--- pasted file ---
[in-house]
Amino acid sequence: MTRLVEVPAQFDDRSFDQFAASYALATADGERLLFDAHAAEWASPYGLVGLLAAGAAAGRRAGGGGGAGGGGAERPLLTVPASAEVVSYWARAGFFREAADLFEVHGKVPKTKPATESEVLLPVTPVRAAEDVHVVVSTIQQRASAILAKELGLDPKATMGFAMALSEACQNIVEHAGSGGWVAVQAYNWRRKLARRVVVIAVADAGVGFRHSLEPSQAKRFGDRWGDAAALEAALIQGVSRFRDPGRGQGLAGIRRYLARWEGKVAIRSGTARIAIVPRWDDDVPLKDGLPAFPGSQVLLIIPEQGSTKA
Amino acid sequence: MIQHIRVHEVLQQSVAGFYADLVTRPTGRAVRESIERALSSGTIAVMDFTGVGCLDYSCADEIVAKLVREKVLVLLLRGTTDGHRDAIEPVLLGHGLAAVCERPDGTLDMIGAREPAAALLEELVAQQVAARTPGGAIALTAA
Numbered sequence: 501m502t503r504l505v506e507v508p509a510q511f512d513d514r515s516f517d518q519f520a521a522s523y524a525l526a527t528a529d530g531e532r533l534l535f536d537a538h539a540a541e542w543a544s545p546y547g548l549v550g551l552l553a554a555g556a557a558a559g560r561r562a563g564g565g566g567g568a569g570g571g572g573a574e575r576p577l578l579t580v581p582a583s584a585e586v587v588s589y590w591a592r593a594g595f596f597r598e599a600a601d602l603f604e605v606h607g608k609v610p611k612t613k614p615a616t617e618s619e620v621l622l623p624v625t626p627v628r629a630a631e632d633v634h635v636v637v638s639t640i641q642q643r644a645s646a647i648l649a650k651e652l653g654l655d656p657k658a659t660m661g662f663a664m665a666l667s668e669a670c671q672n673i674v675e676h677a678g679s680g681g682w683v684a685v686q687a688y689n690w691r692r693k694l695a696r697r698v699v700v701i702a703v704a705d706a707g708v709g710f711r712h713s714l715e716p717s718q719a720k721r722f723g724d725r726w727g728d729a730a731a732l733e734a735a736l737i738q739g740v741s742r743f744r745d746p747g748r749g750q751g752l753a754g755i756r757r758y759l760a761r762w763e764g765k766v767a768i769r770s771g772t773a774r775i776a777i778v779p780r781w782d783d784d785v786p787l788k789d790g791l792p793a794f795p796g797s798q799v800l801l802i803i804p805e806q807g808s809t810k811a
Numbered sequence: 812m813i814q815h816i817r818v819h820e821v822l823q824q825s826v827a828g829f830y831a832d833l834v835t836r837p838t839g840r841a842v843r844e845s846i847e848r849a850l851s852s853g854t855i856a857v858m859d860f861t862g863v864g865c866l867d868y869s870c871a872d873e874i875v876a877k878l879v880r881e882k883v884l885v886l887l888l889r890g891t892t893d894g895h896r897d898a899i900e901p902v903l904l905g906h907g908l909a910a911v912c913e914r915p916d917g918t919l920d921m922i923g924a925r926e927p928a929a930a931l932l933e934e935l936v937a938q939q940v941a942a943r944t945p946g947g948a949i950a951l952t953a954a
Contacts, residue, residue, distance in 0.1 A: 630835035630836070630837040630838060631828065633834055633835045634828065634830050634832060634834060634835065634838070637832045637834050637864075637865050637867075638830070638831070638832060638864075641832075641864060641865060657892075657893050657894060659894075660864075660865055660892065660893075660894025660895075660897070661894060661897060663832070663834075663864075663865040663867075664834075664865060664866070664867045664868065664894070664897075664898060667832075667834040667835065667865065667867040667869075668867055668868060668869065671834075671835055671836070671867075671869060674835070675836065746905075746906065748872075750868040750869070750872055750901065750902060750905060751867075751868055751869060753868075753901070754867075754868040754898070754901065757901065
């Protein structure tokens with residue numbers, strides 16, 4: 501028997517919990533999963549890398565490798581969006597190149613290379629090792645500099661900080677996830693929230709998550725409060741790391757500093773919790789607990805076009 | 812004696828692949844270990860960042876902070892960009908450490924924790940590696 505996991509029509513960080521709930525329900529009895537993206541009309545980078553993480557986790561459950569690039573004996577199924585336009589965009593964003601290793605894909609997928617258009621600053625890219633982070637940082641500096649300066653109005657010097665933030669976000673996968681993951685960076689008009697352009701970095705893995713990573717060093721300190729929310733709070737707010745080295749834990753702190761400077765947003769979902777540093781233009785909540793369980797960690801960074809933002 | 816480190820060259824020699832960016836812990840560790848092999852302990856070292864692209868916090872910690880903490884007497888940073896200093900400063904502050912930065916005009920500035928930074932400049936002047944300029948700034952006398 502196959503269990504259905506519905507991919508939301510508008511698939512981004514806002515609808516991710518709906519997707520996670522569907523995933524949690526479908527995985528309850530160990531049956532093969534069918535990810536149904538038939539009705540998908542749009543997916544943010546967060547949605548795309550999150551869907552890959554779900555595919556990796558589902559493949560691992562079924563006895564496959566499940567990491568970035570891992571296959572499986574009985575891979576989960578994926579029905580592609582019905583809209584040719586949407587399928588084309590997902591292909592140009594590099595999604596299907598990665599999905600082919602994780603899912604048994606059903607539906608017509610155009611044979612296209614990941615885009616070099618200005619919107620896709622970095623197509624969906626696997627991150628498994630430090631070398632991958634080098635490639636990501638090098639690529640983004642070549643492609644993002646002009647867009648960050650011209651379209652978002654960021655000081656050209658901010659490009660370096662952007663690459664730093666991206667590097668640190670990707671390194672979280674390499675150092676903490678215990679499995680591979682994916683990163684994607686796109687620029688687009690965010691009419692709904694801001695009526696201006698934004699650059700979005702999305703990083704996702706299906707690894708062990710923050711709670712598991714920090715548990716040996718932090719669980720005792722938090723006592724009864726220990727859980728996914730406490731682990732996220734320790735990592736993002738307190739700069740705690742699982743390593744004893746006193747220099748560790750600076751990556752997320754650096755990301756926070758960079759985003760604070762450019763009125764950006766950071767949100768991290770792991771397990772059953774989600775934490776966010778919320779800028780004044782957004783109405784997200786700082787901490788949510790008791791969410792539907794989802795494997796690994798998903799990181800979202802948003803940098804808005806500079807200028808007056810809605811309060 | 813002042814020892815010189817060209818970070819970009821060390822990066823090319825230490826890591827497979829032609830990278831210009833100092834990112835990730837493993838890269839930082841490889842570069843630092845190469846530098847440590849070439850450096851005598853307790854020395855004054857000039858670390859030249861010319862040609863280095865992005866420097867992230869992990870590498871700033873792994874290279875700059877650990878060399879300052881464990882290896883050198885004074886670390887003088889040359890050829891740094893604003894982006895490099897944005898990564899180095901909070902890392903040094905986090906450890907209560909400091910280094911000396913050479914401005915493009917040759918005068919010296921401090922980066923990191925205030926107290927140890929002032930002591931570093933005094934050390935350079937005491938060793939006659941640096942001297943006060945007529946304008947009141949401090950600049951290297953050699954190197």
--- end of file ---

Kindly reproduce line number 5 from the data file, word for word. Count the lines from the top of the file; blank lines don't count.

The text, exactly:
Numbered sequence: 812m813i814q815h816i817r818v819h820e821v822l823q824q825s826v827a828g829f830y831a832d833l834v835t836r837p838t839g840r841a842v843r844e845s846i847e848r849a850l851s852s853g854t855i856a857v858m859d860f861t862g863v864g865c866l867d868y869s870c871a872d873e874i875v876a877k878l879v880r881e882k883v884l885v886l887l888l889r890g891t892t893d894g895h896r897d898a899i900e901p902v903l904l905g906h907g908l909a910a911v912c913e914r915p916d917g918t919l920d921m922i923g924a925r926e927p928a929a930a931l932l933e934e935l936v937a938q939q940v941a942a943r944t945p946g947g948a949i950a951l952t953a954a